1. EXCHANGE RATE RISK– is simply the risk to which investors are exposed because changes in exchange rate may have an effect on investments that they have made. The most obvious exchange rate risk are those that results from buying foreign currency denominated investment. The commonest of these are shares listed in another country or foreign currency bonds. Investors in company that have operation in another country, or that export, are also exposed to exchange rate risk. A company with operation abroad will find the value in domestic currency of its overseas profit changes with exchange rate.


For the purpose of this analysis an international payment is one of two types of transactions. The first type, called a credit transfer in the terminology of the UNCITRAL model law[6]. This is the transaction whereby funds are transferred at the initiative of one party (originator) to continue to use the model law’s terminology to another party(beneficiary) through one or more bands or other financial intermediaries.

  1. The second type of international payment is a debit transfer, where the payment is made in accordance with an order given by the beneficiary for the payment of the holder of the payer’s funds in accordance with the prior authorization by the payer. In other words a credit transfer is debtor- initiated, whilst a debit transfer is creditor-initiated.

However, there is one very significant difference. Also with regard to domestic payment the rule and solutions may not necessarily be clear, but there is at least certainty as regards to the legal system within which they are to be sort, this being obviously the one of the country with which the payment has its only contact .even this certainty is lacking with regard to Transnational monetary transactions. Since there is no single set of rules dealing(automatically or prima-facie) with all Transnational monetary transactions, or for that matter with any given international payment, at least in theory each payment can be analyzed from the perspective of more than one legal system. The consequence is that there is no single solution to any of the problems. It is thus obvious that whatever attempt to seek the solution of any specific legal problem arising from an international payment must be preceded by conflicts of laws analysis aimed at identifying the legal system or systems against the backdrop of which the payment is to be viewed. Despite these scarce attention devoted to it, perhaps because of its apparent abstruseness, private international law plays a central role in context of Transnational monetary transactions.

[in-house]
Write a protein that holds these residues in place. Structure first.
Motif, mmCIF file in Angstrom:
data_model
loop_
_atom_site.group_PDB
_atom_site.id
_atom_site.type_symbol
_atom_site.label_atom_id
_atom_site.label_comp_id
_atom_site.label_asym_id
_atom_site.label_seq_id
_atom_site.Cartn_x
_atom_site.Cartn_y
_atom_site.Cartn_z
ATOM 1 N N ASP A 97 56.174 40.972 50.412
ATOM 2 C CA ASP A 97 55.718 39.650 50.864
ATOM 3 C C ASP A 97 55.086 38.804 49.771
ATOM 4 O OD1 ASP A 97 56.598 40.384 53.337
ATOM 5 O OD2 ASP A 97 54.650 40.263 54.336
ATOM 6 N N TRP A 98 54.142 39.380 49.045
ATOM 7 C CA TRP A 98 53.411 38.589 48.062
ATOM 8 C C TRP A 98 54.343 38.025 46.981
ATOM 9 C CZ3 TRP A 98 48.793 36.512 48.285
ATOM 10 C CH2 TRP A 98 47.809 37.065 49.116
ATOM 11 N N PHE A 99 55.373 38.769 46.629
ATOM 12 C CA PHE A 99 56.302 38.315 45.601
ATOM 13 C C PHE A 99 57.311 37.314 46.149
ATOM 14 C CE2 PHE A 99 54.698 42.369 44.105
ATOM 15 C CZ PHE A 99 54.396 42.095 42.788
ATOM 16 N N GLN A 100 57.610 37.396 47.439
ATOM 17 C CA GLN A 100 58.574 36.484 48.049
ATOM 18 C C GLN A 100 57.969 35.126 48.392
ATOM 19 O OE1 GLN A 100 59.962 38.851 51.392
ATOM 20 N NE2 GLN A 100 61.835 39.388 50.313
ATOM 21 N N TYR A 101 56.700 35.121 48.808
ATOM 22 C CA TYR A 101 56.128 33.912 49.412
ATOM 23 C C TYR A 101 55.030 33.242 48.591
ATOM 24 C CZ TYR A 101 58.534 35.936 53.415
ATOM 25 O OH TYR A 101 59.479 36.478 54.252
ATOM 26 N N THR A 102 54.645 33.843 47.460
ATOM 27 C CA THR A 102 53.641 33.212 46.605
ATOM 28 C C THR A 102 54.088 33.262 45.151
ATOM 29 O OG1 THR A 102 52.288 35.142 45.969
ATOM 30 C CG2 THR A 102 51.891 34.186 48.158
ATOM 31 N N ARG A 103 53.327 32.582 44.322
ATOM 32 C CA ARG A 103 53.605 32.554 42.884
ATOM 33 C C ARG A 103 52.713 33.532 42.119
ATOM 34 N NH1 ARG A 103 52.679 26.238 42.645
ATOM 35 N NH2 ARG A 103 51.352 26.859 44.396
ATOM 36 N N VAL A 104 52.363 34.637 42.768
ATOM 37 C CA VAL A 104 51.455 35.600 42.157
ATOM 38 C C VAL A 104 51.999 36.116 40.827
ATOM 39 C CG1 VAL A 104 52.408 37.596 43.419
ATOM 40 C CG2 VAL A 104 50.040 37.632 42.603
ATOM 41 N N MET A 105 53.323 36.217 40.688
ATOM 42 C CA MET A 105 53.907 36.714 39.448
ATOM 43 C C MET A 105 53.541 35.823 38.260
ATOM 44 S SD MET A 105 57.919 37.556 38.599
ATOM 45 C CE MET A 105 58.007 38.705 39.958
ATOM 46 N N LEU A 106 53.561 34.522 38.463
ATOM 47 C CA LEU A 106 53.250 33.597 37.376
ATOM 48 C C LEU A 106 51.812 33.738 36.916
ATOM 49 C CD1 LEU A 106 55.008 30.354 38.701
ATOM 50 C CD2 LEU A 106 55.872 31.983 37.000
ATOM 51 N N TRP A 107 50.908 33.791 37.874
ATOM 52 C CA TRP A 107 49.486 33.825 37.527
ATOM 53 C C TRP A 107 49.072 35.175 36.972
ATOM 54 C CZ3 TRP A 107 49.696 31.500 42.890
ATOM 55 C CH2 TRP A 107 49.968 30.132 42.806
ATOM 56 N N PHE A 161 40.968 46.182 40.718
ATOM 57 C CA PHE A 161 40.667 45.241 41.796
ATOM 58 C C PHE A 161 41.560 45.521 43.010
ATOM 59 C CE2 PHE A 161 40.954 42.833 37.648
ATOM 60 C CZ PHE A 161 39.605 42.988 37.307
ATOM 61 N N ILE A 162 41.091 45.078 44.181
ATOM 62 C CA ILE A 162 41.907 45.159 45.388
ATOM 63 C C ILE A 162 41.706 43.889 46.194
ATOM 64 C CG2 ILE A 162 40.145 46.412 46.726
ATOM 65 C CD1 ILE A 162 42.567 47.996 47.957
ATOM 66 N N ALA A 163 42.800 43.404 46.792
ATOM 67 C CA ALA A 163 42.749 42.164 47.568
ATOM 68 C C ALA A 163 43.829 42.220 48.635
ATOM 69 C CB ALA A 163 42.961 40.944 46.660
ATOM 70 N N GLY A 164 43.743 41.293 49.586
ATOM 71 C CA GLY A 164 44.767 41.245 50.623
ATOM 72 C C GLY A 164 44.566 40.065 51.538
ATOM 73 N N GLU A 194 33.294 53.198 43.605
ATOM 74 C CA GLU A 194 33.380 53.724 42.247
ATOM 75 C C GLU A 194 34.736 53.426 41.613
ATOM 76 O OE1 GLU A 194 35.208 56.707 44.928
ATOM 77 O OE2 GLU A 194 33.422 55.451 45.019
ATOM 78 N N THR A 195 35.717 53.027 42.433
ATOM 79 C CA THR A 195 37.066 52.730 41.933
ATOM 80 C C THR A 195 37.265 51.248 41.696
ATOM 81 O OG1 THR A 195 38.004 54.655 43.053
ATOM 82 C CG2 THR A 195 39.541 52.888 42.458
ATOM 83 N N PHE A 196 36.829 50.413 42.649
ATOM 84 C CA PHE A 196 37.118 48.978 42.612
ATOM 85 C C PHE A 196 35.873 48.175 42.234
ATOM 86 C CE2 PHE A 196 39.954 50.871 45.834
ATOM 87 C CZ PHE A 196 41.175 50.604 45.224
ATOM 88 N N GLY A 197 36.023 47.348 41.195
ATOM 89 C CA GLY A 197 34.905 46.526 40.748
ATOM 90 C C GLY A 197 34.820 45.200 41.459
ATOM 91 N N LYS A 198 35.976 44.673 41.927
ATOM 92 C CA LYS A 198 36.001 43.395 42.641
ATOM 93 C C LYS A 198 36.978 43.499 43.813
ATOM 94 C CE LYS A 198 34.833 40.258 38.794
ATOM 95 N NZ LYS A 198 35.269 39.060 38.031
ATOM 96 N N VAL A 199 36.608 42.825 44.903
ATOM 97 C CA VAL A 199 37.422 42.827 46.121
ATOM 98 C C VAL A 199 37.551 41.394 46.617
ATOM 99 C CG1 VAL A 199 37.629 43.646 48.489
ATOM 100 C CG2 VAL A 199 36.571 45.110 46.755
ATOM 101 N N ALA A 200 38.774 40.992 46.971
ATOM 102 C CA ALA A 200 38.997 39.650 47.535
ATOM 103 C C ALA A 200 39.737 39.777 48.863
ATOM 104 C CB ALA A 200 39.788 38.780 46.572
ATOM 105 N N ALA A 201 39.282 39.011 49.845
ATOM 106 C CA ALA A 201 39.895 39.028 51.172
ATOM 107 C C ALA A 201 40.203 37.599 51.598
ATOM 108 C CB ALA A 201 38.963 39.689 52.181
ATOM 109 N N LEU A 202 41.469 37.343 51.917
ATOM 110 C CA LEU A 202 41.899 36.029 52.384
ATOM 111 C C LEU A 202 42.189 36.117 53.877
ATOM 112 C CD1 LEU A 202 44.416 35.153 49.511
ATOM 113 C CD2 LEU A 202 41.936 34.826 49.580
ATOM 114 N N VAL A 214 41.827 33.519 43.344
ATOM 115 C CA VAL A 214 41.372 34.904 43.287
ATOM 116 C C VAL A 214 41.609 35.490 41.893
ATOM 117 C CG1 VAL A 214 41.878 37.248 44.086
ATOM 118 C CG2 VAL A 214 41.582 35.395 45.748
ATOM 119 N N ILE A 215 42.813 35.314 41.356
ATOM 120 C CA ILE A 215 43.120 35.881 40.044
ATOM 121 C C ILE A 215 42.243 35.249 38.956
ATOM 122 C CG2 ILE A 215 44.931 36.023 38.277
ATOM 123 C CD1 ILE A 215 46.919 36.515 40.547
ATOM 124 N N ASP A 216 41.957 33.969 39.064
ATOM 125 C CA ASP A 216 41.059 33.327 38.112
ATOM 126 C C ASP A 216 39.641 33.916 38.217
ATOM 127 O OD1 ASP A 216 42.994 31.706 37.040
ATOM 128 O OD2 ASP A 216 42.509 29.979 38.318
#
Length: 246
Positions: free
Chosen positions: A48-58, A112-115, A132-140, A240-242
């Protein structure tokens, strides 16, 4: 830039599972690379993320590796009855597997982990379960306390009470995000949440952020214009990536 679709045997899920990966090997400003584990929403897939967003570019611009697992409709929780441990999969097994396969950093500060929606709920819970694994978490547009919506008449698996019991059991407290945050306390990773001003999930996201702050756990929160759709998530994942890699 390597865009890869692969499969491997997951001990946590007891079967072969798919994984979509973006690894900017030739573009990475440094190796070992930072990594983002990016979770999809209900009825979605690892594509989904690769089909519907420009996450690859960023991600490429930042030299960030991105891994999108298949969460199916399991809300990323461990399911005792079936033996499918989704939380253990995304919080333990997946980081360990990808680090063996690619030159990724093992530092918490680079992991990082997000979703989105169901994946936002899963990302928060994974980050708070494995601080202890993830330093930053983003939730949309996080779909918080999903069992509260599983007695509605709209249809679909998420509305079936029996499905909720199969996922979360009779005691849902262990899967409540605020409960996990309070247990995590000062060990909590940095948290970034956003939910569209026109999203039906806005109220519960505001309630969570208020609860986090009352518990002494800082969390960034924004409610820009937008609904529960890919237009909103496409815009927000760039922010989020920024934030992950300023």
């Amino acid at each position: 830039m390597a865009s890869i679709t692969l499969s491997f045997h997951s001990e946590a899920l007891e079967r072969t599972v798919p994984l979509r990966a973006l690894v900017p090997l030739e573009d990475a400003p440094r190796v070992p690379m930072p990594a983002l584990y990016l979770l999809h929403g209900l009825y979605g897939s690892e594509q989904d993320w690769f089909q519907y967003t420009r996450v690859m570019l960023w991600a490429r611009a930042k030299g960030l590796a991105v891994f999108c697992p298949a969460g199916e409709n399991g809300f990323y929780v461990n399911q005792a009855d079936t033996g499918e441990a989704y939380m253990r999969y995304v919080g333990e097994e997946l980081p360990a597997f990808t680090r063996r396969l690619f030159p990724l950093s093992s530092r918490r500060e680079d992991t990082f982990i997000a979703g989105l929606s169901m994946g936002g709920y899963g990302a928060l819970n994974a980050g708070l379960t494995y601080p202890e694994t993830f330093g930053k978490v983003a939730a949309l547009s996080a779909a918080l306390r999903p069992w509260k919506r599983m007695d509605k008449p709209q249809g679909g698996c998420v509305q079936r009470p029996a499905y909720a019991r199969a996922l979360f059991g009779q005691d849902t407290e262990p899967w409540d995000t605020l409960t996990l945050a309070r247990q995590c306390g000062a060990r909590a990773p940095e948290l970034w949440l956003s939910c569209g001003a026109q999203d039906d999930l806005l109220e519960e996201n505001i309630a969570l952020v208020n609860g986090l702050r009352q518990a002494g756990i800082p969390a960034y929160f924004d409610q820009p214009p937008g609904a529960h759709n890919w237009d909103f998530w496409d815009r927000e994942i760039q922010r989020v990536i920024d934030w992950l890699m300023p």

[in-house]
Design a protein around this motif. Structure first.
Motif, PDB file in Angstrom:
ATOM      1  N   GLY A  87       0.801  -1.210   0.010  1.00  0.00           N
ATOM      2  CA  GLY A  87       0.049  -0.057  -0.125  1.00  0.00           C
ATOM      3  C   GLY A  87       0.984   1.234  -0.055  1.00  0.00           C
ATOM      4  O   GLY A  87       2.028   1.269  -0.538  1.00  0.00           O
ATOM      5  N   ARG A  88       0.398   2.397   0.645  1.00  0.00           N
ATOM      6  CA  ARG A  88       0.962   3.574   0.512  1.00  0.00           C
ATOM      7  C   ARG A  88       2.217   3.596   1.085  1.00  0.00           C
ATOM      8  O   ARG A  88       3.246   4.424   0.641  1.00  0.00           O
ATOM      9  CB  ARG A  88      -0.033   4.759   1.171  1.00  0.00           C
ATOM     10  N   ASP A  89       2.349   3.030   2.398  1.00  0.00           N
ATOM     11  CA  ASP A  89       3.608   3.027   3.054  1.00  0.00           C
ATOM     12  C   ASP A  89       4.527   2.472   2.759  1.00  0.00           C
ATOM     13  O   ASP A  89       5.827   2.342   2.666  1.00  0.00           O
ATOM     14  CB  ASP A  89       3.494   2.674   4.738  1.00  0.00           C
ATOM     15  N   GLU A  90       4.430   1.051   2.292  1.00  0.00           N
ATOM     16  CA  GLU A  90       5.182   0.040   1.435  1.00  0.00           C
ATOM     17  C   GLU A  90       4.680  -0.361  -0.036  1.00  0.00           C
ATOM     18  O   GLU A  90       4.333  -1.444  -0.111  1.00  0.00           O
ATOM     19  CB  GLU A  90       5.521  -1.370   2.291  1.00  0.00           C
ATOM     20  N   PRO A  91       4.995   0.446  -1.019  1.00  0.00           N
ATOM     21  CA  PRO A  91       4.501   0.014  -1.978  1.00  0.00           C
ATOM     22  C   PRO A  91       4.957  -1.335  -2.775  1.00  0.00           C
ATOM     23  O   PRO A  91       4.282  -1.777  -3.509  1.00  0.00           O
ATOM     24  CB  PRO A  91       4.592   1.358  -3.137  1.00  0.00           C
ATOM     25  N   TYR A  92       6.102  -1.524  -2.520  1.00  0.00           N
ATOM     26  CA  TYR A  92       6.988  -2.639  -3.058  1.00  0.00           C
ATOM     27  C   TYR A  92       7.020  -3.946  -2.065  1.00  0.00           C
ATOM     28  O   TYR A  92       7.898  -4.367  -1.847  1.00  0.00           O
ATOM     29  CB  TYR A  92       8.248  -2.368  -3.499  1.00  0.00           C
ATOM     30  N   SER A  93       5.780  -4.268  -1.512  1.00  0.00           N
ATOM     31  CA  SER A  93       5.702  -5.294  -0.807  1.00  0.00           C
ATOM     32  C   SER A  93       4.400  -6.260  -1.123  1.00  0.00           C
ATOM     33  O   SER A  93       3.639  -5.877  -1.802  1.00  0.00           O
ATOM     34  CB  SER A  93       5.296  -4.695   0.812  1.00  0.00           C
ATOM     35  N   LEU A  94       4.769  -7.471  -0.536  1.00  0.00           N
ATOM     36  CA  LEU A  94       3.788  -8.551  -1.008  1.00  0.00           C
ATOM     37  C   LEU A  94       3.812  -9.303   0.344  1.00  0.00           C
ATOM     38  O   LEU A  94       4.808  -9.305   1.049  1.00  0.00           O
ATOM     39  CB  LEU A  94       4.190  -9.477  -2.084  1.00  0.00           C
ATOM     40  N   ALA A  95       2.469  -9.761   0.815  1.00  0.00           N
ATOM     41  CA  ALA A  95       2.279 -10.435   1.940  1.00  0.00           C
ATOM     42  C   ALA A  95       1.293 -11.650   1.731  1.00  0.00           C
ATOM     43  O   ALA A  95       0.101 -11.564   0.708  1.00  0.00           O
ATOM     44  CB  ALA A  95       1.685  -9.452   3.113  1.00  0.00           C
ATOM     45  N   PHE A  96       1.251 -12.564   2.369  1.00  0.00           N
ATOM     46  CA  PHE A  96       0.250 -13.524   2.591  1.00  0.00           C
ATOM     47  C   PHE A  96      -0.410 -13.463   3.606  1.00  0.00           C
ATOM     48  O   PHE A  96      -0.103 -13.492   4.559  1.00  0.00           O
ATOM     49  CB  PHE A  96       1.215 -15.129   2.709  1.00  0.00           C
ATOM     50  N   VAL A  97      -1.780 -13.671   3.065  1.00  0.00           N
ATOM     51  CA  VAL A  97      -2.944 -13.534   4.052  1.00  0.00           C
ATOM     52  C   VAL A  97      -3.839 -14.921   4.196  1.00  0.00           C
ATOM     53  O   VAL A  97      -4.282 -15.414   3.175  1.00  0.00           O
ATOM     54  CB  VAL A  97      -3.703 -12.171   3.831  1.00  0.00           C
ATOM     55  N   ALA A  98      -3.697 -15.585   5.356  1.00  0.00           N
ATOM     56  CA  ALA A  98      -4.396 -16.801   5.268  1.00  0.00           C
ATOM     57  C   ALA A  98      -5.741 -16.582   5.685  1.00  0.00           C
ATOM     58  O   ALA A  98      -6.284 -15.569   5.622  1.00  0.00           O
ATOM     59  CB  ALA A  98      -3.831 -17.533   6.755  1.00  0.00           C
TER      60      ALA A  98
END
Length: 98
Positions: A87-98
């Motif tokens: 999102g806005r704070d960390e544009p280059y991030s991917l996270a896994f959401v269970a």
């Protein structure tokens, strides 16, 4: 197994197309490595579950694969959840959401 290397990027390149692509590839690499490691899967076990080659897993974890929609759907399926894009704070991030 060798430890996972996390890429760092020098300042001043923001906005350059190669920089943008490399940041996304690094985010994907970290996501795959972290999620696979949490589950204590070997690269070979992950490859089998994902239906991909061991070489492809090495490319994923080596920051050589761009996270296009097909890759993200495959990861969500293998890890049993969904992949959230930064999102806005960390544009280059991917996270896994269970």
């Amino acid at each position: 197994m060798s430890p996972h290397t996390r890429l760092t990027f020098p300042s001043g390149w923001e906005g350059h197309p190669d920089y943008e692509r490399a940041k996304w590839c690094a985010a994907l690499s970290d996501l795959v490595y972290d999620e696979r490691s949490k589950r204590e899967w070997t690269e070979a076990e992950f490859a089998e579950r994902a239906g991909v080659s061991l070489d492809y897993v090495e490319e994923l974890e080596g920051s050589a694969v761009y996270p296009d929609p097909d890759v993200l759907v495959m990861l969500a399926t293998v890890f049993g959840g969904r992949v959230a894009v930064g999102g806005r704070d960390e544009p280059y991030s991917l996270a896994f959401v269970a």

1)     EXPORT In the case of Aromaic Overseas Company B V In re[7], it had been decided that any and every person who is some way or the other facilities purchased by a non-resident for the purpose of export cannot be brought within the ambit of clause (b) of explanation 1 to 9 (1)(i). When assesses receives only net proceeds as per export invoice, there is nothing further left over to be treated as income received or to be received or accrued or deemed to be accrued or arising in India or outside India[8]. The profits from the offshore supply contracts held not to be liable to tax in India on the ground that the transfer of title in the goods has passed outside India. As no operations qua the agreement for supply of equipment were carried outside India, no income can be deemed to have occurred or arisen in India whether directly or indirectly or through any business contracts in India[9].

2)     UNDERWRITING COMMISSION– In the case of Mahindra and Mahindra Ltd[10], it had been held that underwriting commission had paid to lead managers to issue of global depository receipts by Indian party, are business profits which are not taxable in absence of permanent establishment in India. There were no reimbursement of expenses and no element of profit and hence was not taxable. Similar decision was given in DY DIT v Tata Iron & Steel Co Ltd, where it had been held that services rendered by non-resident lead managers to the assesse company for bringing out GDR issue, though in the nature of technical or managerial services, were not “made available” to the assesses and therefore cannot be taxed in India. Underwriting commission was nither fees for technical services under section 9 (1)(iv) nor chargeable to as “business profits” under article 7 of DTAA in the absence of any PE of the non-resident in India, payment towards reimbursement of expenses not being in the nature of income was not taxable.